The Age
When agents from America came to CARE

By SUE NEALES

Thursday 10 February 2000


In December 1992, the Somali highland town of Baidoa was a dusty, bedraggled centre, shrouded in death.

Its outskirts were ringed with teeming refugee camps where thousands of starving villagers lived in fragile humpies made from flattened cardboard boxes stamped with "Biscuits - Gift of Australia".

Its streets were lined with bullet-pitted, white-washed buildings, while 15-year-old clan fighters armed with machineguns mounted on rusty jeeps tore through the central market place, apprehensively awaiting the arrival of United Nations troops.

Each morning a body truck slowly sputtered down the main street. It was piled high with about 30 dead, mainly children, old people and women killed by hunger, weakness, dysentery and respiratory diseases that were rampant in the refugee camps.

Down a red dirt road were the three white-washed buildings of the CARE Australia compound. Wooden gates to the compound were barricaded by hundreds of sandbags, put there to ward off rebels who had been arriving with guns late at night trying to steal the aid agency's wheat stores.

Inside the compound, besieged CARE Australia staff were also awaiting the arrival of the relieving forces of Operation Restore Hope. Tension had been growing in Baidoa since the UN had secured Mogadishu, and vital aid work to help outlying villages deprived of food and water had temporarily been halted.

The only link to the outside world for CARE Australia leader Mr Lockton Morrisey and his remaining staff - as well as this journalist - was a satellite phone and a small dish that sat on the ground under a palm tree.

On the other side of the compound walls, gunshots could be heard.

In the early hours of the morning of 15 December, four United States State Department agents dropped into Baidoa and made their military base for the next crucial 24 hours within the CARE Australia compound.

They were supposed to be inconspicuous. But these military agents in their white shirts and black paratrooper pants, carrying cases of communications equipment, succeeded only in looking ludicrous in this dusty, hot war town.

It was hard not to laugh when they introduced themselves within the CARE Australia compound as being from the US State Department.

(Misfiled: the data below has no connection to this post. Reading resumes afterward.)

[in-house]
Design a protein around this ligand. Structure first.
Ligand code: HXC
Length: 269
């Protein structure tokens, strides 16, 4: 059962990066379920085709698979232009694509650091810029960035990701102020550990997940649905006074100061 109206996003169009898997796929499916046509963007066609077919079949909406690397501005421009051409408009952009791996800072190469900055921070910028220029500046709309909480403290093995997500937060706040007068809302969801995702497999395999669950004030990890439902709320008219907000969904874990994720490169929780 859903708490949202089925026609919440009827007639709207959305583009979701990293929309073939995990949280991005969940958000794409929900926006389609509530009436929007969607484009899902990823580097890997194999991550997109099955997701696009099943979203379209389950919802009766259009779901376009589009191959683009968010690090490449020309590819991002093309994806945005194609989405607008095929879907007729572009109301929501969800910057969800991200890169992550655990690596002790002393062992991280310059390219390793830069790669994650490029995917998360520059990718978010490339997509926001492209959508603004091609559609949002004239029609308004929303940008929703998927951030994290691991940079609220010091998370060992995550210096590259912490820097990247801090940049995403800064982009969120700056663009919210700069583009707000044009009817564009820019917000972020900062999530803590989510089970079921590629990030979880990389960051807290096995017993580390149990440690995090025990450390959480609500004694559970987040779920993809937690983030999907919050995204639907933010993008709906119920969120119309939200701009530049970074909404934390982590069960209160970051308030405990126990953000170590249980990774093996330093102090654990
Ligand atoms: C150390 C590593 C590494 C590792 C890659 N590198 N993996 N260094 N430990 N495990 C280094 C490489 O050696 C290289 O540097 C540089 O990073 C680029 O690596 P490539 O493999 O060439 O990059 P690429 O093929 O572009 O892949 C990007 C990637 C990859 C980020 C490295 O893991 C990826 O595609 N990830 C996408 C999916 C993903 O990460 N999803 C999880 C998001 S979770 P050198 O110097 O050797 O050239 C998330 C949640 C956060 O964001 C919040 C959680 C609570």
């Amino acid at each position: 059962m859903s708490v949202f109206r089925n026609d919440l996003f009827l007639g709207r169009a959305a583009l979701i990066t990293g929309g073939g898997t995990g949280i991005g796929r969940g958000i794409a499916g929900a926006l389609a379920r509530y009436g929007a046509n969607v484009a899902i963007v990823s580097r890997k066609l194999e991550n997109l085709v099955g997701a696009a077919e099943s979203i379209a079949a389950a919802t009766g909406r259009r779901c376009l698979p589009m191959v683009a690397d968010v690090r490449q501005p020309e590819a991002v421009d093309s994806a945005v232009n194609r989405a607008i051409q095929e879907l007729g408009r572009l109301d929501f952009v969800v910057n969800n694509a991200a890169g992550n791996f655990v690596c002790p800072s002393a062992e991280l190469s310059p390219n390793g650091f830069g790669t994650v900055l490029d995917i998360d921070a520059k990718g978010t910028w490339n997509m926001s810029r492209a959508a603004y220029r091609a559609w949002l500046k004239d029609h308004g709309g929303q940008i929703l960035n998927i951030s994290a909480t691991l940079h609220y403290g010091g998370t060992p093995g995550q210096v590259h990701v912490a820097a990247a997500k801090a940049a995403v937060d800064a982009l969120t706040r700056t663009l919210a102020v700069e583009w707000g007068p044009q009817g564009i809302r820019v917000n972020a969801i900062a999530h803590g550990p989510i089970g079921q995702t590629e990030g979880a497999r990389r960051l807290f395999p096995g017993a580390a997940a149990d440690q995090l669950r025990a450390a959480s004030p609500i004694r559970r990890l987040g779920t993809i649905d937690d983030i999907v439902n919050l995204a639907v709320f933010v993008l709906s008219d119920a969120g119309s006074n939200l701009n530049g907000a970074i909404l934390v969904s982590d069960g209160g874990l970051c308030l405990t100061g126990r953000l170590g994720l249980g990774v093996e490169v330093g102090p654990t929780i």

As if we hadn't guessed.

Two hours later we were no longer laughing. That was when Lockton Morrisey told us that two of the agents, with their hand-held military GPS boxes, would be coming with us on the CARE Australia van that we had already arranged to take us on a tour of the still-dangerous streets of Baidoa.

As we drove off, the van detoured to some of Baidoa's outer streets and intersections - meeting the main road from Mogadishu down which the United Nations convoy would arrive the next day.

For the next two hours the US agents aboard the CARE Australia vehicle furiously keyed map coordinates into their handsets, designing a route by which the troops could arrive in Baidoa and quietly encircle the city, while avoiding its troublespots and main thoroughfares.

All that day, brightly colored paper notes blew down Baidoa's laneways, past its few remaining barricaded homes and across its overgrown soccer pitch.

They were United Nations propaganda leaflets - apparently dropped by the same US planes that had delivered our State Department emissaries - picturing a smiling US soldier backed by a rifle, helicopter and armored car shaking hands with a happy Somali villager in his sarong.

It was meant to read: "We are international soldiers from the United Nations and we come in peace to help you", but the Somali language had been mangled, causing much hilarity in the Baidoa market-place when it called the US-led forces "soldiers of the United Slaves".

But there was nothing to laugh about later that night on the flat white roof of an outer building in the CARE Australia compound. After waking about 2am and hearing noises, I climbed the concrete stairs to the roof and found about six black-garbed figures moving around in the shadows under a clear, starry desert sky.

Lime-green snap fluorescent sticks were laid out across the flat rooftop of this Arabian-style villa. There was much whispered talking into walkie-talkies, while large transmitters and communication boxes buzzed and crackled.

The US agents were talking with the UN forces, to their combat helicopters, tanks, armored cars and marching men, who were on the outskirts of Baidoa ready to enter the town before dawn.

There was no pretence that this was the roof of an independent, supposedly neutral, aid agency. This was a precision military operation being carried out from within the safety of CARE Australia's Baidoa compound.